107 Goshitsu Tsushin: Kashiwai


I know I always say this, but bookstores are one hundred percent the best, and as convenient as online shops are (especially when I am in Canada and needing Japanese books), they will never, ever take the place of actual physical bookstores in my heart. For one thing, there is the sheer delight of being surrounded by all those books. Shelves and shelves of stories and ideas that, in theory, I could read at some point. All the possibilities! Bookstores make me feel like the world is bigger than I could have ever imagined, while at the same time, putting that world within arm’s reach. So I will always love Japan more than Canada for this reason at least. I passed through three different bookstores today, not on purpose, just because they were on the way to where I was going. To pass through three different bookstores in Toronto, I would have to actually plan it out, like the whole purpose of the trip would be going to those bookstores. And while I am not averse to a bookstore being the purpose of a trip, it doesn’t really invite casual browsing the way the overwhelming number of shops in Tokyo does.

And that, of course, is the other reason why physical bookstores will always be the bees’ knees for me: the random discovery factor. I’ve stumbled upon so many great books when I was noodling around in one bookstore or another. And it is such a thrill, the most delightful feeling to have that spark crackle in the air between you and the book in your hand. This, you somehow just know, will be a book I love. And even if it doesn’t end up being your best beloved, you still have that thrill to cherish, the satisfaction of having found something. Maybe it is some weird hunter instinct buried deep beneath our brains full of book-learning, but that moment of finding and getting is so, so satisfying.

I am still savouring that moment with my latest find and get, 107 Goshitsu Tsushin. The combination of the title (Communications from Room 107, roughly) and cover were more than enough to send those sparks flying, but then the obi on the back announces “Only I remember what everyone else has forgotten”, and I was digging in my bag for my wallet.

The manga is unusual in a lot of ways, the most obvious of which is that it’s entirely in colour. But a very specific, limited colour. The eighteen, very short stories that make the volume up all feature a young woman as the protagonist, and she is always uncoloured. As are most other humans who show up in these pages. The non-human parts of the images are coloured in subdued greys and greens for the most part, with some pops of yellow or pink. But not everything on every page is coloured, creating this interesting and beautiful space somewhere between colour comics and black and white. The stories told in this liminal space are similarly halfway to somewhere, halfway to nowhere. They actually reminded me a lot of the drawn poems of Saho Tono, in terms of content. Sometimes, there is plot-like narrative, but sometimes, it is just a moment captured in image and text.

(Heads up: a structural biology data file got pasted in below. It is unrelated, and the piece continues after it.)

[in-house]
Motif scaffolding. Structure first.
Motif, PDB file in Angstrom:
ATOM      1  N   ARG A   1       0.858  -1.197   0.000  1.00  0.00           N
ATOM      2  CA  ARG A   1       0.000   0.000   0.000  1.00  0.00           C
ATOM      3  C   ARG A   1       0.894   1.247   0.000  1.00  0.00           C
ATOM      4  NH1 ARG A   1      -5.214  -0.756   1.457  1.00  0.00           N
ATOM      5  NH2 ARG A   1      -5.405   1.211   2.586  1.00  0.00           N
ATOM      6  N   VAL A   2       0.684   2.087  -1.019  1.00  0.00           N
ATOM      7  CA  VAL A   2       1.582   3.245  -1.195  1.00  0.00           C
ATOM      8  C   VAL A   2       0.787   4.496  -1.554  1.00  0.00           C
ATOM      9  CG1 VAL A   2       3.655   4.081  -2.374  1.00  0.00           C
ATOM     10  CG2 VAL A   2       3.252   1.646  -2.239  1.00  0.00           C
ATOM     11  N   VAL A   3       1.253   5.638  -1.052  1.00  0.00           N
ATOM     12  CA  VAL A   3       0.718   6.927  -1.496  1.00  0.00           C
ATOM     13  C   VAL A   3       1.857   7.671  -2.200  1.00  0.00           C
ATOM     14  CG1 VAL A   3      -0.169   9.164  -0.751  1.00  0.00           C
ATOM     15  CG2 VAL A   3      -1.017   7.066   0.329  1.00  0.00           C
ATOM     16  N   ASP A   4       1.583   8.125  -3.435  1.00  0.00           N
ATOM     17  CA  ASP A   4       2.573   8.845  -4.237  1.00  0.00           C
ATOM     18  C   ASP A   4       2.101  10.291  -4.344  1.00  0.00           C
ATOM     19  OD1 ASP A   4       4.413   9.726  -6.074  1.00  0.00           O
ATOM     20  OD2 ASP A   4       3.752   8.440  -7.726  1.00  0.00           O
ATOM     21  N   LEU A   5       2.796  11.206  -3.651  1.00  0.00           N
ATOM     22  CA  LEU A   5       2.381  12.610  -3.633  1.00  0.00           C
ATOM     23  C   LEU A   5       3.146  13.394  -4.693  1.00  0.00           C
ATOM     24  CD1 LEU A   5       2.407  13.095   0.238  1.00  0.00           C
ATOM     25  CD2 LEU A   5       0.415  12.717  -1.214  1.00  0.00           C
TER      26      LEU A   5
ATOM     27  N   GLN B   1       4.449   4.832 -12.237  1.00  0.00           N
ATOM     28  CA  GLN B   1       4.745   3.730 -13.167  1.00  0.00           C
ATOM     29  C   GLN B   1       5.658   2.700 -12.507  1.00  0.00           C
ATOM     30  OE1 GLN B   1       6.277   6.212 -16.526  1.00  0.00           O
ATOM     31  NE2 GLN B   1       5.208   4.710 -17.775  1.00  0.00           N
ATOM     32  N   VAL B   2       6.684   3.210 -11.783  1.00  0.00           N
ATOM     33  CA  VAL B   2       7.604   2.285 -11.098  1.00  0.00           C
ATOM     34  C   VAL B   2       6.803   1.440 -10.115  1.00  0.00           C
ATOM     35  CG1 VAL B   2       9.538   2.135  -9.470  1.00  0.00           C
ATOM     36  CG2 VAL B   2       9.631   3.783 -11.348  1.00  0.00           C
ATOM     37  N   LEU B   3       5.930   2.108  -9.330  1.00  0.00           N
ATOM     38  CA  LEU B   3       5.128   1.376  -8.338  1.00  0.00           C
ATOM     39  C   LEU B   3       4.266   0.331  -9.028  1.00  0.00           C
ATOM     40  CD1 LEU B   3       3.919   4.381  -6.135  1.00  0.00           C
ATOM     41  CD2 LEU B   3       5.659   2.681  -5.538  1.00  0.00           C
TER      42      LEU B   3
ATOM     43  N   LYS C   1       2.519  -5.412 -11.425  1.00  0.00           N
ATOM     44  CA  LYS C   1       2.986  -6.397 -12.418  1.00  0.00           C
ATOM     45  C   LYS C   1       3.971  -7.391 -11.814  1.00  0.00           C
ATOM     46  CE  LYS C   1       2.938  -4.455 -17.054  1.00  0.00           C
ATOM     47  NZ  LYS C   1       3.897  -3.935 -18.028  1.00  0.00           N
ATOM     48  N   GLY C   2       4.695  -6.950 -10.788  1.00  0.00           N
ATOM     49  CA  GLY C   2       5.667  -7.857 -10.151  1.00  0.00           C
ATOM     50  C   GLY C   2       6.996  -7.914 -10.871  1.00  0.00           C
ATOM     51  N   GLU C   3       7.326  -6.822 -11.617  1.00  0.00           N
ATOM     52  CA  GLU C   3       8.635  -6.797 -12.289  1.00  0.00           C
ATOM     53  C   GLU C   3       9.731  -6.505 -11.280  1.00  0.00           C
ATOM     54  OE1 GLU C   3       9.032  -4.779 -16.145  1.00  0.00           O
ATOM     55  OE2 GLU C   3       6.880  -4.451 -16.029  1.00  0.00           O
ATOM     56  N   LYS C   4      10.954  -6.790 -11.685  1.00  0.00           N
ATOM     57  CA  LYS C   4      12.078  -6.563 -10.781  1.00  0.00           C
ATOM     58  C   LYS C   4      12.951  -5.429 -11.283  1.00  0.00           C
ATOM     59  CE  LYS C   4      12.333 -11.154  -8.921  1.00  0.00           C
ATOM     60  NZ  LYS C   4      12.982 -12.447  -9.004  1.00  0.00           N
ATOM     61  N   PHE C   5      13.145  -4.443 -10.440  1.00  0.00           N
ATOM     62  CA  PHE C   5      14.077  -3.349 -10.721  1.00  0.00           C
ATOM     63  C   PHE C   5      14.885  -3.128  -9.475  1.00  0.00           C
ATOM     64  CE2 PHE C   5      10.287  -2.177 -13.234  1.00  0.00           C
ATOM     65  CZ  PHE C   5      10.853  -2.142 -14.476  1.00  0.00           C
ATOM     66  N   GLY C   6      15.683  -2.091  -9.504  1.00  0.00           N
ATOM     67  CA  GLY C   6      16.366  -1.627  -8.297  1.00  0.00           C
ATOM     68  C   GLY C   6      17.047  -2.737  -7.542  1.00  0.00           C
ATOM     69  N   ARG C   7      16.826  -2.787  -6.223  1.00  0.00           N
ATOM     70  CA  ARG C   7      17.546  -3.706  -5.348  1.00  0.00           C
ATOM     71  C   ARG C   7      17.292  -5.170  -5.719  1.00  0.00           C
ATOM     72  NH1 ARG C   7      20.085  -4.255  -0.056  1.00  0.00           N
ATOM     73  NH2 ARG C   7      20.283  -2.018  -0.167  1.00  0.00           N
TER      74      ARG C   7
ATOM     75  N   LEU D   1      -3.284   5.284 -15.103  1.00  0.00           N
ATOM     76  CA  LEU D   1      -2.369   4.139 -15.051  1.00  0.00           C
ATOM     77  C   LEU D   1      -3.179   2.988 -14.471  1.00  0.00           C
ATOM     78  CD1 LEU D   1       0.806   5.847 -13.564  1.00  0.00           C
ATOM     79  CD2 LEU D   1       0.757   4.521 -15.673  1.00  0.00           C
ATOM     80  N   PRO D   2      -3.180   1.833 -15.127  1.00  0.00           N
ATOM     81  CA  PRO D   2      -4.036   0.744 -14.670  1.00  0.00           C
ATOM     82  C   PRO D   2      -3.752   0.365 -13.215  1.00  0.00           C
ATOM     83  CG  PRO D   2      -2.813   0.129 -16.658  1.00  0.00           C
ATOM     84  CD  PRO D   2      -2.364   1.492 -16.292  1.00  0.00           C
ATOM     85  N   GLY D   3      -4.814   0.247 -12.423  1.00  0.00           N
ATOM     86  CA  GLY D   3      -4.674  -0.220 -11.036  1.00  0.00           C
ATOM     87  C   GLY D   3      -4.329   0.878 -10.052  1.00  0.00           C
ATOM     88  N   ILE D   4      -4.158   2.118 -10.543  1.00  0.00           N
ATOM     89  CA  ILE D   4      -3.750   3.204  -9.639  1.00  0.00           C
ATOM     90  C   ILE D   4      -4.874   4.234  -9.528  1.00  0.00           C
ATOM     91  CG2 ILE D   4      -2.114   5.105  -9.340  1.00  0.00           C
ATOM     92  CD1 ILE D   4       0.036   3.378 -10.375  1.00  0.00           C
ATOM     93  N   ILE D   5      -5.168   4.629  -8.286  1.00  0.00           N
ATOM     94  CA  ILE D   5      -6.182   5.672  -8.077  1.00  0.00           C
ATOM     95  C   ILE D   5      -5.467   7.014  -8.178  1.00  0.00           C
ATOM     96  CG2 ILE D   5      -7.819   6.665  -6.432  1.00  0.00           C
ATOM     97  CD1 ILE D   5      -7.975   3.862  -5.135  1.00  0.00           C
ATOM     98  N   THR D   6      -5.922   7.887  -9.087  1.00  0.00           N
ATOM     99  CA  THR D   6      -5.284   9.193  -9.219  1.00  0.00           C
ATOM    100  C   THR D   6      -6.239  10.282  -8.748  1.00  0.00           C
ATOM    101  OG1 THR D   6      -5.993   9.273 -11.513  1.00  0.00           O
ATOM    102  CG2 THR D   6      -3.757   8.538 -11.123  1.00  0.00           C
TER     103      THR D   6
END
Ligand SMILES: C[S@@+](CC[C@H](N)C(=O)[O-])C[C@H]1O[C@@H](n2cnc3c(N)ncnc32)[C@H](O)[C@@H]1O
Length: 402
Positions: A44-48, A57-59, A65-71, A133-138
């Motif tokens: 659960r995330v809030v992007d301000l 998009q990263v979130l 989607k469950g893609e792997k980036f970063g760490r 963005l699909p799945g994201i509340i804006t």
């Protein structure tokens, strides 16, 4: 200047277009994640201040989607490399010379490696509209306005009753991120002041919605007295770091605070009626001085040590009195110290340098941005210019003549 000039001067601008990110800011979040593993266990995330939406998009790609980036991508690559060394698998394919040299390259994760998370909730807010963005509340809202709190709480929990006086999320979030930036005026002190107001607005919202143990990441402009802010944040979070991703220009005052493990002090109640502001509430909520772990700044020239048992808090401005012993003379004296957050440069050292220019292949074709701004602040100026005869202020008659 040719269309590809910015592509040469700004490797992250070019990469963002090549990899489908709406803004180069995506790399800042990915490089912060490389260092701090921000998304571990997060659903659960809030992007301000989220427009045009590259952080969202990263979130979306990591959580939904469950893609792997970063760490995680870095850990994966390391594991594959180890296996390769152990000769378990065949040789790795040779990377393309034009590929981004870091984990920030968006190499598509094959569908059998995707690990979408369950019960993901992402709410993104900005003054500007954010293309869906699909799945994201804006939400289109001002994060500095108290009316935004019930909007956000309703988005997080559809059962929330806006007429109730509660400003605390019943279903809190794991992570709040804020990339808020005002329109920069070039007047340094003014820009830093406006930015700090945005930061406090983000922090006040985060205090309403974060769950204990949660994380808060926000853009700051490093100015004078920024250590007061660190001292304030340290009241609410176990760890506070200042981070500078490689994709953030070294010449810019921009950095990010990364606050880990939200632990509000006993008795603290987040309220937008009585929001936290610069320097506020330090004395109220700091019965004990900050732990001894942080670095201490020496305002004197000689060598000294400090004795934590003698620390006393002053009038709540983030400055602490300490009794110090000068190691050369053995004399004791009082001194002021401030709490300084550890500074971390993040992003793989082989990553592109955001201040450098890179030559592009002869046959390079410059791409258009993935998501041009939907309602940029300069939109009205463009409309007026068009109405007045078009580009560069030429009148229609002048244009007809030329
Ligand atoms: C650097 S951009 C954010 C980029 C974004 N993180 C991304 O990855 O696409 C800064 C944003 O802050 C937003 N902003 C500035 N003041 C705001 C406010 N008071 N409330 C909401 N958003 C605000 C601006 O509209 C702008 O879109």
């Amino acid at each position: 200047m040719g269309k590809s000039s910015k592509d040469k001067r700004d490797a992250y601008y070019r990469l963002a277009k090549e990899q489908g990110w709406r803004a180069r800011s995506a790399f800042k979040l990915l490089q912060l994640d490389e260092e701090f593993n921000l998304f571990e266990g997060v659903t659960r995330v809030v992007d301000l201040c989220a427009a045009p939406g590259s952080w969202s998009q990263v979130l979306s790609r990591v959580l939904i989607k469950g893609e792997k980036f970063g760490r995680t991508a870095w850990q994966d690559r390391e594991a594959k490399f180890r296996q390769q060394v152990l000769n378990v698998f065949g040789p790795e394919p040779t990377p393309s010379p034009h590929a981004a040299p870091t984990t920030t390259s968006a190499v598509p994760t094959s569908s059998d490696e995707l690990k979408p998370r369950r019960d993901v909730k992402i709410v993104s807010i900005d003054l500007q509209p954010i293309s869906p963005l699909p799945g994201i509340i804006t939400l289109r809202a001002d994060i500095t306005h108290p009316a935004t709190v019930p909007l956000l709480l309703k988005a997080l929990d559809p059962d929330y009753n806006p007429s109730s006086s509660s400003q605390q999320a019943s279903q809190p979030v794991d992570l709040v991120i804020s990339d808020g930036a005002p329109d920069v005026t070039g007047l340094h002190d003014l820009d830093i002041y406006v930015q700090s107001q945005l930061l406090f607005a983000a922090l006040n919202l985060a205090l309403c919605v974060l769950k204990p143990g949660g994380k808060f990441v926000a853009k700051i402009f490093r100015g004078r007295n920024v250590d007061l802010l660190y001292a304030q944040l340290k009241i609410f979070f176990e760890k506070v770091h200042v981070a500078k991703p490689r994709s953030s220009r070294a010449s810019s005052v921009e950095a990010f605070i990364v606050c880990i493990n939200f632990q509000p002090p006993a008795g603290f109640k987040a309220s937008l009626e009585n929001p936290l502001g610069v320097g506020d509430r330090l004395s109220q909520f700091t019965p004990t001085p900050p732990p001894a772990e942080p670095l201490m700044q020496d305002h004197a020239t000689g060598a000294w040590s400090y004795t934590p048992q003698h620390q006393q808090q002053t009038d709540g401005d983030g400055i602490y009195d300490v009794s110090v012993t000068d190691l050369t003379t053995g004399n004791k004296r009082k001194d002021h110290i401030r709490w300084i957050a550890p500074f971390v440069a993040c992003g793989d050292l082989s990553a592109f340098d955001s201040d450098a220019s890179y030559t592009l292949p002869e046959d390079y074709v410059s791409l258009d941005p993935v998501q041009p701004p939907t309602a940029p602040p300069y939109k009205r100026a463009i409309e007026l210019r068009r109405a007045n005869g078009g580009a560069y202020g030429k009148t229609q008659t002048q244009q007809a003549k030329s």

107_KashiwaiThe titular story is a mere four pages and more on the drawn poetry side of things. Our narrator notices a page-a-day calendar in the window of an apartment she passes by every morning. It faces outward, not inward, and she wonders about the occupant of the apartment, who she never sees; the curtains are always tightly drawn. But the page is always torn off faithfully every day, and she begins to look forward to seeing it on her way to wherever she’s going. And then one day, it is yesterday’s page. And the day after that. And the day after that. Until soon, the calendar and the curtains are gone, replaced by a “for rent” sign.

kasiwai12_02aMost of the stories step further out of reality than this one. Like “Denwaban”, a shop with a wall of pay phones from various eras where you can call someone in the past and have the conversation you needed to have with them in that era. The girl who watches the shop and guides customers to the correct phone wonders if maybe the fact that she has no one to call means that she’s happy. In “Ongaku no Moyo”, our protagonist lives in a spaceship on another planet and teaches a triangular creature with legs but no ears how to listen to music through the patterns the vibrations make in sand spread out on the table. “Hyoryu” depicts a world of water, our hero living alone in a boat that was once a house, collecting ocean debris and labelling it, until one day, she finds a message in a bottle from another person and sets out to find them.

ckglfmnuyaajadvBut whether real or not, they all have the same sense of magic to them, like anything could happen within the pages, like the world is a mysterious and sometimes dangerous, sometimes magical place. And Kashiwai’s loose lines and watercolorish style, reminiscent of Machiko Kyo, make that world feel like a dreamy place of possibility, so that you’re not surprised in the slightest when the woman in “Tabi Suru Koibito” has a tree growing out of her eyeball. The stories hit just the right note between detailed and vague, best seen in the story “So”, which has the narrator wondering what was in the vacant lot before her. She imagines all the times she’s walked by this place, and in her memory, the lot is filled with grey scribbles, a placeholder for whatever was actually there. And then she peels back the green grass of the empty lot to see the layers of places that were there even before that.